Until fairly recently, not much was known about Comic Almanack and Comic Token publisher Charles Ellms. That's a shame, because Ellms played a brief but pivotal role in American comics history. Almanacs had been a staple of life in North American since the 17th century, but it was Charles Ellms who expanded upon the almanac's contents to include significant amounts of humor and cartoon art for a mass audience. Ellms's The Comic Token for 1835 and The American Comic Almanack for 1831 (considered by many as the first true Comic Almanack) are in this week's Amazing Pulps and Collectibles Auction featuring the Joe Rainone Collection at Heritage Auctions.
The Almanacs published both in America and elsewhere had contained some comic art for long before this, but it was Ellms who in 1830 shifted the focus of such publications from the Almanac to the comic. His were more in the style of a joke book, and contained many more illustrations. "The 19th century was transitional, and many American publishers tried to adapt the almanac to suit their changing world," according to publishing history scholar and UT Austin professor Michael Winship. "Some chose to target their almanacs to specific audiences, others expanded their almanacs into annual compendia of statistics and information thought suitable for busy urban audiences. Yet others turned their almanacs into vehicles for entertainment. This last was what Charles Ellm's pioneered in 1830. Ellm's originalality was to use a traditional genre for a new purpose."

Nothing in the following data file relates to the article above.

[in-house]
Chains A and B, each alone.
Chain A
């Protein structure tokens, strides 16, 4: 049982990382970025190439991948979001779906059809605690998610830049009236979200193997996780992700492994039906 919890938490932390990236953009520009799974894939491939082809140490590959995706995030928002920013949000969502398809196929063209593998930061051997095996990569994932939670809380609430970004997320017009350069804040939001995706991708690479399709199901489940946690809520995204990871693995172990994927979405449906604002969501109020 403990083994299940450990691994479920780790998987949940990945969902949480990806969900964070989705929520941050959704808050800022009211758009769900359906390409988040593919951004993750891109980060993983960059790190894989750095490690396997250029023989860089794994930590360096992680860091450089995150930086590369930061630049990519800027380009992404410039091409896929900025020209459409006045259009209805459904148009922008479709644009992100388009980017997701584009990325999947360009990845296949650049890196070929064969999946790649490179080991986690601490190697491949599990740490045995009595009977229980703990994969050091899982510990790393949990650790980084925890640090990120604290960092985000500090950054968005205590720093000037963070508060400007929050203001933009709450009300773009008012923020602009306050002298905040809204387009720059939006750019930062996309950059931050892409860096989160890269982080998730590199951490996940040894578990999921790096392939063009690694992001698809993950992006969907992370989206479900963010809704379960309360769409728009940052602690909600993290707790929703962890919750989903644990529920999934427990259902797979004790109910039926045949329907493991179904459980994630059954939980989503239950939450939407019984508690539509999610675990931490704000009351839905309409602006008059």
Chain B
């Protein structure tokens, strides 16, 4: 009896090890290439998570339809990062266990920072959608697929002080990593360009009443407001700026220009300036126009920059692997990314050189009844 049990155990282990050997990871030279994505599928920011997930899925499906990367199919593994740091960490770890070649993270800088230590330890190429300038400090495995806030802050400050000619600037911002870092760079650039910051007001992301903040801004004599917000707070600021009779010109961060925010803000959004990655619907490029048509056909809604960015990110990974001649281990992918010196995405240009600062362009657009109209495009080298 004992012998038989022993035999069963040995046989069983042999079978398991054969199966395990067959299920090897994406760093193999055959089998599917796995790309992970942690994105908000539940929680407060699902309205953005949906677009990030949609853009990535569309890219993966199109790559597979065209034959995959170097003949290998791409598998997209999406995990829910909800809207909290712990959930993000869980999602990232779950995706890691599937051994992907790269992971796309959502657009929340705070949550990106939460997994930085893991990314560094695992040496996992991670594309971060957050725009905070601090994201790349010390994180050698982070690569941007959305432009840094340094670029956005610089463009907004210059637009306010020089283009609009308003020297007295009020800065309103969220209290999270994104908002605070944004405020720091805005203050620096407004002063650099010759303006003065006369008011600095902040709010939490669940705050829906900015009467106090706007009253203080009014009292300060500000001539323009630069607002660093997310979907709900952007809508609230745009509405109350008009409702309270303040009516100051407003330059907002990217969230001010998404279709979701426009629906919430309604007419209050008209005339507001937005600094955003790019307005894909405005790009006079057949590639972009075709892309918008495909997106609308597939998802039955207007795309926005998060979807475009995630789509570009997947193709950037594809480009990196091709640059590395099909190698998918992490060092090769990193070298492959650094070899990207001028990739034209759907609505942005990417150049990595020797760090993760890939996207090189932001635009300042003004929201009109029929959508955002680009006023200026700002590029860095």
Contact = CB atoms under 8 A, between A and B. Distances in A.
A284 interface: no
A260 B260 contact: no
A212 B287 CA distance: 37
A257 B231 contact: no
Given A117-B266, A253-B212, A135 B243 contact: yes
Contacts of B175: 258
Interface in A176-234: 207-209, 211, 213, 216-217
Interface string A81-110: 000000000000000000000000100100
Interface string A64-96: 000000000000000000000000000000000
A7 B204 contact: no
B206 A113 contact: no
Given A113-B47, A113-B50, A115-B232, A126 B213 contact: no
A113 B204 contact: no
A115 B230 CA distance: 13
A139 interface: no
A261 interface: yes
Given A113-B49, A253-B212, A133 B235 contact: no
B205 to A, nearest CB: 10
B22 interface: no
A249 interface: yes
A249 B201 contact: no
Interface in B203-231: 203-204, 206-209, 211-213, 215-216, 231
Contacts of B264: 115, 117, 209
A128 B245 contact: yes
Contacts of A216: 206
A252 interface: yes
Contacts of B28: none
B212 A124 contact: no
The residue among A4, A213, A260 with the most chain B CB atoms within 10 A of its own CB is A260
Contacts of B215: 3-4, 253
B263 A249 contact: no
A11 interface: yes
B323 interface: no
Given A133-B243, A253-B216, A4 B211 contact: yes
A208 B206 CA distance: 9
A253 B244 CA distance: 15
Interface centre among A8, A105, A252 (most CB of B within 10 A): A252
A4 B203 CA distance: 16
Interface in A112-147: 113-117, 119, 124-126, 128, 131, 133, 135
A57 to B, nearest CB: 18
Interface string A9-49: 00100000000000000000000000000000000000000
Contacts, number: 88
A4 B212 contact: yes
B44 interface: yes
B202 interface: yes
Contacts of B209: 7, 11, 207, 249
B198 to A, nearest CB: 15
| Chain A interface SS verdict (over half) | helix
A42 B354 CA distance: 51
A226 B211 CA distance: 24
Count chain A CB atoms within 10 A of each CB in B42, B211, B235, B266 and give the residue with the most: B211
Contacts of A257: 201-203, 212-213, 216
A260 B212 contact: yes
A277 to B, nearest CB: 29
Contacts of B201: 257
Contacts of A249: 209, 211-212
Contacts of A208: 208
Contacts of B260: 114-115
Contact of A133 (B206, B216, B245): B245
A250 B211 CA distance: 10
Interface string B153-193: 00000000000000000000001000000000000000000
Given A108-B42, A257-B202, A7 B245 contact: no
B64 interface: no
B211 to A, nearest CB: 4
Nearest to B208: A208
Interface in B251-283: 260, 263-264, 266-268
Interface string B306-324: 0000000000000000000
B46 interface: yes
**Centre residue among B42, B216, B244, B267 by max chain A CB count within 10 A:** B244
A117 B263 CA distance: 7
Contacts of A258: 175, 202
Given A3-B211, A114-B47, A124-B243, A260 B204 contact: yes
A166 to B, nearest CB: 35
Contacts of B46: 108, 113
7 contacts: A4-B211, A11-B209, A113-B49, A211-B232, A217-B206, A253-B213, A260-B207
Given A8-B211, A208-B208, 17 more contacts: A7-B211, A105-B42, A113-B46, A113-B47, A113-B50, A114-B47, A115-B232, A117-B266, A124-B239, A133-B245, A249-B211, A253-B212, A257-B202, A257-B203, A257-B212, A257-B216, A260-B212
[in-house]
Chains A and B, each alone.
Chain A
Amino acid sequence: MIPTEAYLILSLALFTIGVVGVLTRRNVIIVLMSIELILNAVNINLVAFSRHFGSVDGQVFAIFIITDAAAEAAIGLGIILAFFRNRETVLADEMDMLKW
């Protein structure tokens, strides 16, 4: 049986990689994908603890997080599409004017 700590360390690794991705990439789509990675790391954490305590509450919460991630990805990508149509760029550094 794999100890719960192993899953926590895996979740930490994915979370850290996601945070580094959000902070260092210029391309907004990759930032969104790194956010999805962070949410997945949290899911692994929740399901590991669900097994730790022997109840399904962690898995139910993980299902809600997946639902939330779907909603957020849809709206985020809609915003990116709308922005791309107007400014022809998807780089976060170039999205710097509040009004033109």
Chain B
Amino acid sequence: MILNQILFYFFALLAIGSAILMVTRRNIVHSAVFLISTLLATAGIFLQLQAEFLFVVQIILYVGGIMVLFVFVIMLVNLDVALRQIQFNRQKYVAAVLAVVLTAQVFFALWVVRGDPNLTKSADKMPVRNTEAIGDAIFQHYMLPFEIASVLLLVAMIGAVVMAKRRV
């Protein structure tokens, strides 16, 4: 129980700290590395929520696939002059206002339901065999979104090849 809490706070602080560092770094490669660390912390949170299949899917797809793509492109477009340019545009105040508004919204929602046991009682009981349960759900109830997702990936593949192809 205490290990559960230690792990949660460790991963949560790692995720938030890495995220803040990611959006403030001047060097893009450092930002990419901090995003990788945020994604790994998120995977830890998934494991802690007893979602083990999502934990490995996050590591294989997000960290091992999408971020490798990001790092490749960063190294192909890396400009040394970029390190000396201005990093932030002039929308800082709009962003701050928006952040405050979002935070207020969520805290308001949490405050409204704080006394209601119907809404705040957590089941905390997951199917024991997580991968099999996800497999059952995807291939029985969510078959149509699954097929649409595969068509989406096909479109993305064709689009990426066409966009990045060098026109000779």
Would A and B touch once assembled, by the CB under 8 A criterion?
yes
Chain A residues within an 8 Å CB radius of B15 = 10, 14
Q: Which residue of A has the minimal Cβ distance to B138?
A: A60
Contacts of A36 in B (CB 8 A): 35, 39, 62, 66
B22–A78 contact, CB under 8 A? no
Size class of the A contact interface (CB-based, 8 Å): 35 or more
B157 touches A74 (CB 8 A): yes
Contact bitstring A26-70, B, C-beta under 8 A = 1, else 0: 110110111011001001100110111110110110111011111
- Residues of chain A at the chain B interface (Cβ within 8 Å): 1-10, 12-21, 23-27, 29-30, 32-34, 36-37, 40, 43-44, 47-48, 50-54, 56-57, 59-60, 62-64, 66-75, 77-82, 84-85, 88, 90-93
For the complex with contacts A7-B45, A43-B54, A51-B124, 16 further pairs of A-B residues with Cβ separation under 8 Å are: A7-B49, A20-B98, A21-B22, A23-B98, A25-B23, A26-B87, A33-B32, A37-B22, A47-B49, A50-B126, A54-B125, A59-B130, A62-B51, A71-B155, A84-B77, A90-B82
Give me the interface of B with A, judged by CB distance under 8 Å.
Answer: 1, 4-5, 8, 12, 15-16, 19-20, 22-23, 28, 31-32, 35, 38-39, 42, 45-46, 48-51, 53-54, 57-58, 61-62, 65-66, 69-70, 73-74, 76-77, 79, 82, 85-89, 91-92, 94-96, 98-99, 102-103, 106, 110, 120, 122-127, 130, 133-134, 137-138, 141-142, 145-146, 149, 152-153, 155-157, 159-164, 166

Ellms's publishing endeavors did not last long (a classic case of an innovator not being a great businessman, it would appear), but they made their mark. According to Winship, his Comic Almanac of 1834 reached a circulation of 150,000 copies. He was widely and almost immediately imitated, and it is likely that the historically important Crockett Almanacs were influenced by Ellms. The famous Crockett's Almanac 1848 "Superbaby" issue is also available in this auction.
I would highly recommend giving Winship's lecture on Ellms recorded in 1996 a listen. It's clear that he has a love for the material. And so do I. If you don't buy The Comic Token for 1835 and The American Comic Almanack for 1831 in this week's Amazing Pulps and Collectibles Auction featuring the Joe Rainone Collection at Heritage Auctions, I certainly will.
The Comic Token for 1835 (Charles Ellms, 1835). "A Companion to the Comic Almanac". Publisher's printed self-wrappers. Stitched. Stain to bottom half runs throughout; the book is complete. In Fair condition.
The American Comic Almanack (Charles Ellms, 1831). Sewn thread binding. Complete.